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Historic Sheffield rules used during youth football match

Youth players took part in a football tournament with historic rules. The original Laws Of the Game, the so-called “Sheffield Rules” were used for the first time in over hundred years during a tournament at Hallam FC last month.

Screen shot of tv interview with Uriah Rennie after match with historic Sheffield Rules.
Screen shot of tv interview with Uriah Rennie after match with historic Sheffield Rules.
Who took part in the experiment? The Press Association channel on YouTube says: “Four schools from across Sheffield came face to face at Sandygate Road, home to Hallam FC, and used the original 1858 football rules, known as the Sheffield Rules, for the first time in 150 years.”

Uriah Rennie, former Premier League referee and current president of Hallam FC, was the referee during the matches. He was dressed with a a top hat and suit for the occasion. “I have refereed around the world but I have always been drawn back to Sheffield where I grew up”, he said to The Mirror. “Football is loved right across the globe but not many people realise the game actually originates from Sheffield. It’s been a real eye-opener learning the original rules to referee this competition.”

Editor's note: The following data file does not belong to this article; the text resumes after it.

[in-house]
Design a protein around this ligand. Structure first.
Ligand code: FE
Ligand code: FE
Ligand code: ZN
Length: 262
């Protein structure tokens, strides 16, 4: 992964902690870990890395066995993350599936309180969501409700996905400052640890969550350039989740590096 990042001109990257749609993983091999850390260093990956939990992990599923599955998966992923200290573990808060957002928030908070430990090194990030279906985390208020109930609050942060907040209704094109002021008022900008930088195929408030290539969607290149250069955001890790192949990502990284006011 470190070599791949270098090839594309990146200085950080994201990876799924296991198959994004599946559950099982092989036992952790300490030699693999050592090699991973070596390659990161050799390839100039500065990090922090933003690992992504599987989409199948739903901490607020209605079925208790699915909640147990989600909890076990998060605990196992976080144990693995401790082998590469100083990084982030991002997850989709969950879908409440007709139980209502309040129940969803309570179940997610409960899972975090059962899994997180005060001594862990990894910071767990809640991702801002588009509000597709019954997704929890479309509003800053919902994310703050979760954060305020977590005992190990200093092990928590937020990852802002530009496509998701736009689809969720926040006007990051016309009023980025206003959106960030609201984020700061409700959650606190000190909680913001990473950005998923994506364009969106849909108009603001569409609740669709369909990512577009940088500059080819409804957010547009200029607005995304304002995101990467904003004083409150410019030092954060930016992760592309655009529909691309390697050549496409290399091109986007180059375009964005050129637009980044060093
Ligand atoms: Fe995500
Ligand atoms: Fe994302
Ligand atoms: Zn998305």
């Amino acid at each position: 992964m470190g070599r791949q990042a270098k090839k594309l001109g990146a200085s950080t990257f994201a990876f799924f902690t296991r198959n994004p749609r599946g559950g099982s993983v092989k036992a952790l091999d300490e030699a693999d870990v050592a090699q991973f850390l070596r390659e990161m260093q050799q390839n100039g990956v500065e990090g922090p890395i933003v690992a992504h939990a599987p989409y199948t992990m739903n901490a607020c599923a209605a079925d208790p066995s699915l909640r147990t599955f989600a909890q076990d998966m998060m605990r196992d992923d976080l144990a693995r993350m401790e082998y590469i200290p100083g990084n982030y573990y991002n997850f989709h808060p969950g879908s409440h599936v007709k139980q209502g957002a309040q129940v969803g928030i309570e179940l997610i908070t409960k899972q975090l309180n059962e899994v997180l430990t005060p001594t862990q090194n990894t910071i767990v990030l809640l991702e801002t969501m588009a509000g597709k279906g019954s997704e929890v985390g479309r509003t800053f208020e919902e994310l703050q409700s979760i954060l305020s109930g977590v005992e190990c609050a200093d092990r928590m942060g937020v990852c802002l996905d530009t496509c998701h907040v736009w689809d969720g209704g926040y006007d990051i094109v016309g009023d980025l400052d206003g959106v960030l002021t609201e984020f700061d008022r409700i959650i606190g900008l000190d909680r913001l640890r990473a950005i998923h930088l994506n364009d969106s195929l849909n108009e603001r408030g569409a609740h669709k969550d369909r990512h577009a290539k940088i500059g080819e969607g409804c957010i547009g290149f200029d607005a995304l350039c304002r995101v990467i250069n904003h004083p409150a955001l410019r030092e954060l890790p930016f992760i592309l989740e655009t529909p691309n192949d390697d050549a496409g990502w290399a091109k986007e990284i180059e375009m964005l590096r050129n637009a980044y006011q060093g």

What is different in the Sheffield Rules in comparison with the current Laws of the Game?

  • Pushing is allowed, although tripping is not
  • Kick out must not be more than 25 yards [23 m] out of goal
  • Charging is fair in case of a place kick as soon as the player offers to kick
  • Players may use their hands to hit the ball, but not to hold the ball

Do you know for which amount of money the original rules of the game were sold for? A record breaking £881,250. Check a previous blog post for a photo of the original rule book plus the exact rules back in 1858.

One of the rules was “that each player must provide himself with a red and dark blue fannel cap. One colour to be worn by each side during play.” During the tournament in 2013 players tried to do so with wearing blue and red shirts.

Check out the video from the experiment with the Sheffield Rules:

Looking at the current and historic football rules. What rule would you like to change and why?


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